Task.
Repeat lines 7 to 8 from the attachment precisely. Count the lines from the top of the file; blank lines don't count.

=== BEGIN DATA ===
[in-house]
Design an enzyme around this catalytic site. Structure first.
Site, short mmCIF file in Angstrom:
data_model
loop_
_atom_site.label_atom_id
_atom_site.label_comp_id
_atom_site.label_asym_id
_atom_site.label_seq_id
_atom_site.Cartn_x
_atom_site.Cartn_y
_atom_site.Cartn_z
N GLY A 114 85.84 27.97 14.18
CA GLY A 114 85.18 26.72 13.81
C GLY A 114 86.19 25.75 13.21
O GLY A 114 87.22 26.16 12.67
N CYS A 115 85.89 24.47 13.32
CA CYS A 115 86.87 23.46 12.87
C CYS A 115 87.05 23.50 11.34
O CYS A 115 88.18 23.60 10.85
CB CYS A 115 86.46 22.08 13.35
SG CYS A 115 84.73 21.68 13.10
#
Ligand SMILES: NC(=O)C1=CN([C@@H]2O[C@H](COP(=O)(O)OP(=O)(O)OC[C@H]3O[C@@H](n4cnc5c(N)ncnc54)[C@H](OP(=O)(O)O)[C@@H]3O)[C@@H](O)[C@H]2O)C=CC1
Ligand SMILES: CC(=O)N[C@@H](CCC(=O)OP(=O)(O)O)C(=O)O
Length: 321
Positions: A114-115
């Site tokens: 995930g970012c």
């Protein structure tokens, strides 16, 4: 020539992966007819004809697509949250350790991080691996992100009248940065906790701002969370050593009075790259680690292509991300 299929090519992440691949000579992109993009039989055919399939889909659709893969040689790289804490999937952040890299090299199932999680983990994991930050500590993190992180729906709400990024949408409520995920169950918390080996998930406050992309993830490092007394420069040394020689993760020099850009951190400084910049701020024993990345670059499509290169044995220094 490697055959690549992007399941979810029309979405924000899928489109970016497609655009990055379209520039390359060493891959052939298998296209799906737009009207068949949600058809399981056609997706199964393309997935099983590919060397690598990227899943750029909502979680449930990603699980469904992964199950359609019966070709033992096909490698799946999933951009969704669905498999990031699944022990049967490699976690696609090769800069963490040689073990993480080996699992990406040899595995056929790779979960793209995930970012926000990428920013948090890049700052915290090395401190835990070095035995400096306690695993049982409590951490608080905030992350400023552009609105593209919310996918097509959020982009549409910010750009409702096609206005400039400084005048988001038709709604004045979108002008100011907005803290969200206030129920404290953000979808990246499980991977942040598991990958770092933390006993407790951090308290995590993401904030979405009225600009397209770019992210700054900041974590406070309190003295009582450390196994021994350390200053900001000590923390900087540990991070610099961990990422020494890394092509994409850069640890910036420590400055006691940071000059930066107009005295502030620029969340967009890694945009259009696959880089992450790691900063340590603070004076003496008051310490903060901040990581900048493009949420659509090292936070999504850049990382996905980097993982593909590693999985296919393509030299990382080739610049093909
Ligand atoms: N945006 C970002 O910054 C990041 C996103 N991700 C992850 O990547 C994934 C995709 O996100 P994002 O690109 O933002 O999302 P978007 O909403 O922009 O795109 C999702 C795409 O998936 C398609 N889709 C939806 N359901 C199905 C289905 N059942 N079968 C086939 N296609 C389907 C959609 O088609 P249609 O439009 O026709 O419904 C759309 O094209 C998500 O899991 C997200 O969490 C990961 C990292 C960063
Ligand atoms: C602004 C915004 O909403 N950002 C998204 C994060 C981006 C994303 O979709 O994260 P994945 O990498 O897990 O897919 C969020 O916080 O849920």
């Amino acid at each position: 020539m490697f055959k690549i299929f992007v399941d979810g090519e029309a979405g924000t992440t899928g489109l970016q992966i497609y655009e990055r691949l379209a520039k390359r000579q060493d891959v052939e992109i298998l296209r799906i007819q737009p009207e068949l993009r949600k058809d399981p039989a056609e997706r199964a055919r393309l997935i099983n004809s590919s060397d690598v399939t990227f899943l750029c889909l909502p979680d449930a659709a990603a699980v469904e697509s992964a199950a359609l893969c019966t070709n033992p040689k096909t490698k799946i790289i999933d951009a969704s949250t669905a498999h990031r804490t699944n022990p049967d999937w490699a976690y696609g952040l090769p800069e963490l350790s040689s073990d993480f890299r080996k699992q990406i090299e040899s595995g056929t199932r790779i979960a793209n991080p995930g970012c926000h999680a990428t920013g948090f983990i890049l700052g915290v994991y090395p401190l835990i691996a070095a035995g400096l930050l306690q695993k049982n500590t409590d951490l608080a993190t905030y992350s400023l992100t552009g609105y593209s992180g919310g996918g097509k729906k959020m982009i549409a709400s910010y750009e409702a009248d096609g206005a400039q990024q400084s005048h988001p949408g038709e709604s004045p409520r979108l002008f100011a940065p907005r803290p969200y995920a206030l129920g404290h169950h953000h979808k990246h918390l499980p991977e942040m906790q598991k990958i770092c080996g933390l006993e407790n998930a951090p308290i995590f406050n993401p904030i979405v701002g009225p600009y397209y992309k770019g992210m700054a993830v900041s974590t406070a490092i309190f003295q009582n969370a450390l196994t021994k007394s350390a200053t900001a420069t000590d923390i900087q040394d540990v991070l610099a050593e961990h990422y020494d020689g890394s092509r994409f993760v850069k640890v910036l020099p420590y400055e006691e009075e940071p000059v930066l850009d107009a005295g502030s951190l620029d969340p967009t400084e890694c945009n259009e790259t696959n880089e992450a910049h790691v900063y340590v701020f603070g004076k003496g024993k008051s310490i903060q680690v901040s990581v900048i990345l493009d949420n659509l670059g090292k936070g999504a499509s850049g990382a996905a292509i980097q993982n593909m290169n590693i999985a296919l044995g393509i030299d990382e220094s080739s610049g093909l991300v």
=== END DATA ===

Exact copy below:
_atom_site.label_comp_id
_atom_site.label_asym_id